JN Foundation is teaming up with two multinational organisations to have Jamaicans install low-flush toilets as a means of saving water to improve the country's resilience to climate change events.
Water adaptation expert and project manager for the Water Project Dr Kwame Emmanuel explained that more than 70 per cent of the water used by a typical Jamaican household is for bathroom activities. Some 32 per cent is used at the bathroom sink and in the shower, while 40 per cent goes to flushing toilets.
He said further that low-flush toilets have a flow rate of less than or equal to 1.28 gallons per flush, while the standard toilets range from approximately 1.6 to 4.5 gallons per flush.
“If we really want to make a difference we need to look at our toilets and what we are doing in our bathrooms,” he told the Rotary Club of Trafalgar New Heights in a recent presentation in keeping with Rotary's recognition of March as Water and Sanitation Month.
The Water Project is being implemented by the Jamaica National Group with funding from the Climate Investment Funds through its Pilot Program for Climate Resilience and the Inter-American Development Bank (IDB), through the Multilateral Investment Fund.
The project will feature education programmes, loans to housing developers and householders from JN Bank for the installation of water adaptation devices in households, climate change adaptation support, and positive behaviour changes in household water management.
Dr Emmanuel, who is also an associate lecturer in water resources management at The University of the West Indies, Mona, said the project will facilitate the take up of a range of devices, which include showerheads and toilets; aerators and washing machines; as well as rainwater harvesting and greywater recycling.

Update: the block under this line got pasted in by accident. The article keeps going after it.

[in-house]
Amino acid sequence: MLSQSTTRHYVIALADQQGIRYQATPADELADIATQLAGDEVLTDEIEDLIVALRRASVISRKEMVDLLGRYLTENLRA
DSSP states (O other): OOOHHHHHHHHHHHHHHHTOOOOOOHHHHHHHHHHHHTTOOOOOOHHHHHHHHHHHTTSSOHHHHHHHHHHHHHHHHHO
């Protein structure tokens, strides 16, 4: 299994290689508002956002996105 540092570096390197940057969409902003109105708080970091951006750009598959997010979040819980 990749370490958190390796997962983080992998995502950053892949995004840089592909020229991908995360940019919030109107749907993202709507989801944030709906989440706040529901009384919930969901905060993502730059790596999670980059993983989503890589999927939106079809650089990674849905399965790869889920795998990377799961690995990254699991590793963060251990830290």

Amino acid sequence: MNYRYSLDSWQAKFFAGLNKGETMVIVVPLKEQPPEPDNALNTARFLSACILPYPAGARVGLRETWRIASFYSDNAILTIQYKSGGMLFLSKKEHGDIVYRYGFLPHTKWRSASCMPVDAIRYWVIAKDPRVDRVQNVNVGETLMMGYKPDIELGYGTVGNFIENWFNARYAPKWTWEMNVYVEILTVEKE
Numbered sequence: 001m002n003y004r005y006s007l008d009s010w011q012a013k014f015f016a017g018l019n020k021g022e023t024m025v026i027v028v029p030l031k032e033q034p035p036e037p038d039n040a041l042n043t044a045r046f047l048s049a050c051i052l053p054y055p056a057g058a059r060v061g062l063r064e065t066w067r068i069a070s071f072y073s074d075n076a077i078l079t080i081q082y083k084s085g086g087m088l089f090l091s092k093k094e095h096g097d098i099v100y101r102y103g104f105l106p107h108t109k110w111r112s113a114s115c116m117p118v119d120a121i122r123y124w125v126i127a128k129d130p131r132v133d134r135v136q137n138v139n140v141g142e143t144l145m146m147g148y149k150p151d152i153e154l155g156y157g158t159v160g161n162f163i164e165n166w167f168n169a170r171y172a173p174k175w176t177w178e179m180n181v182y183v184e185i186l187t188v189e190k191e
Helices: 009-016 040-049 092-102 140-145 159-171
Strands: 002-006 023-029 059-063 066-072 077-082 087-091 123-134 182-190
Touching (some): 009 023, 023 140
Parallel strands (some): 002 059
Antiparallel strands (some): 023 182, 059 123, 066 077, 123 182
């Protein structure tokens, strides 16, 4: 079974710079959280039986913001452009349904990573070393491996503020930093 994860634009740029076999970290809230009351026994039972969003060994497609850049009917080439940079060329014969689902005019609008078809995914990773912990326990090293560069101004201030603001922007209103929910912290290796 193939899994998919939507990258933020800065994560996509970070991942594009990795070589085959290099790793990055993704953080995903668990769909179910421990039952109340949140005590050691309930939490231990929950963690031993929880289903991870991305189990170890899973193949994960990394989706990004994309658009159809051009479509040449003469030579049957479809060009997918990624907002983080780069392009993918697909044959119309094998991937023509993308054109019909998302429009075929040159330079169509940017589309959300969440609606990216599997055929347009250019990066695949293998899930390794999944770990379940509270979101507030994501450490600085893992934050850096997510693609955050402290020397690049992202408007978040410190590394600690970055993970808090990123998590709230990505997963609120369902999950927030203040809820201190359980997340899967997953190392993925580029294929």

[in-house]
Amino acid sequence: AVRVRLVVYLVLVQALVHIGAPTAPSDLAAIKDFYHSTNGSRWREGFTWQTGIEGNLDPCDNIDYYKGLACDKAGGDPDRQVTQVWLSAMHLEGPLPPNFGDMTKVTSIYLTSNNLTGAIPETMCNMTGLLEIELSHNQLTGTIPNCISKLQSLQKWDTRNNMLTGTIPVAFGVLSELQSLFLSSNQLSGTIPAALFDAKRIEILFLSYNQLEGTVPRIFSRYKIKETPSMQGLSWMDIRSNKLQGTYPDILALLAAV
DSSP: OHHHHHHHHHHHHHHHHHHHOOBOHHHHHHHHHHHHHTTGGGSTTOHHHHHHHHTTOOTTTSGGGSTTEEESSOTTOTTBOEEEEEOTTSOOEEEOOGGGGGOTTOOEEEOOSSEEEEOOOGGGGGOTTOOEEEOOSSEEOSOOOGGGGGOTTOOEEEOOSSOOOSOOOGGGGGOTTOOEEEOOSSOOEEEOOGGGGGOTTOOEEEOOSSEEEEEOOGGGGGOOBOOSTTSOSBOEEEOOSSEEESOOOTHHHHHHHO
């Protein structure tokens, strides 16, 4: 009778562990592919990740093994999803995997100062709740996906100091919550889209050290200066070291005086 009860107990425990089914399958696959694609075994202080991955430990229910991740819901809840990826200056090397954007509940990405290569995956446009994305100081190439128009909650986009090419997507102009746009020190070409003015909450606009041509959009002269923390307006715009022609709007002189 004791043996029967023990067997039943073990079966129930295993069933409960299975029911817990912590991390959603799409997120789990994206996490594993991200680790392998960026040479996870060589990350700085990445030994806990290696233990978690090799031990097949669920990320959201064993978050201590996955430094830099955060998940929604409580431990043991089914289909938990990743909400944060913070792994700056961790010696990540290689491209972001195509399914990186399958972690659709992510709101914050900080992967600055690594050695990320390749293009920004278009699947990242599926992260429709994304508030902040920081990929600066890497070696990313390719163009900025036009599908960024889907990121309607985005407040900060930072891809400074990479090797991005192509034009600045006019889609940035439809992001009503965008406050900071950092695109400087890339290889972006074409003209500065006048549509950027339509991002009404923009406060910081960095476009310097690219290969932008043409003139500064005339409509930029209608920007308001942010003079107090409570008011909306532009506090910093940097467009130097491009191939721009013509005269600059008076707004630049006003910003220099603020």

“By doing that we hope to enhance water security and increase the climate- resilient housing stock in Jamaica,” he said.
He continued: “By doing that we won't only protect ourselves from too little water, but too much water,” noting that the effects of climate change have not only resulted in extreme drought, but an increase in excessive flooding. Jamaica and the wider Caribbean region has been experiencing both forms of climatic extremities with greater frequency over the past decade.
The JN Foundation project manager noted that JN's championing of the Water Project is natural, given its investment in the housing sector and role in the development of communities.
Dr Emmanuel said education and training under the project will cater to different target groups, including engineers, planners and architects. Vocational training for the installation of rainwater-harvesting systems will be conducted through the HEART Trust/National Training Agency.
“We will also be working in collaboration with suppliers to provide the technology, and there will also be general sessions with the public about water efficiency,” Dr Emmanuel revealed.
The training will incorporate the development of a water adaptation guide for specialists and a homeowners' guide for householders. However, beyond education and training, Dr Emmanuel said that a pilot study will be conducted to test the reduction in water consumption and savings householders will receive from the new devices.
“We will also be asking young entrepreneurs and innovators to come up with some novel ideas in terms of technologies and how we will address the water inefficiency issues in Jamaica,” he said.
The innovations will be showcased at an expo to be held in the fourth and final year of the project.
Although the Water Project does not include an advocacy component, Dr Emmanuel said that as part of the initiative, it is hoped that water efficiency standards and policies will be developed to ensure future housing stocks are built with water adaptation specifications.
“Currently there are no water efficiency standards. Therefore, while we are telling people to use this number gallons per flush and so on, there are no standards to say this is what water efficiency is about and this is what persons should implement,” he maintained.
Water conseravtion was also on the global agenda this month with the annual observance of World Water Day on March 22.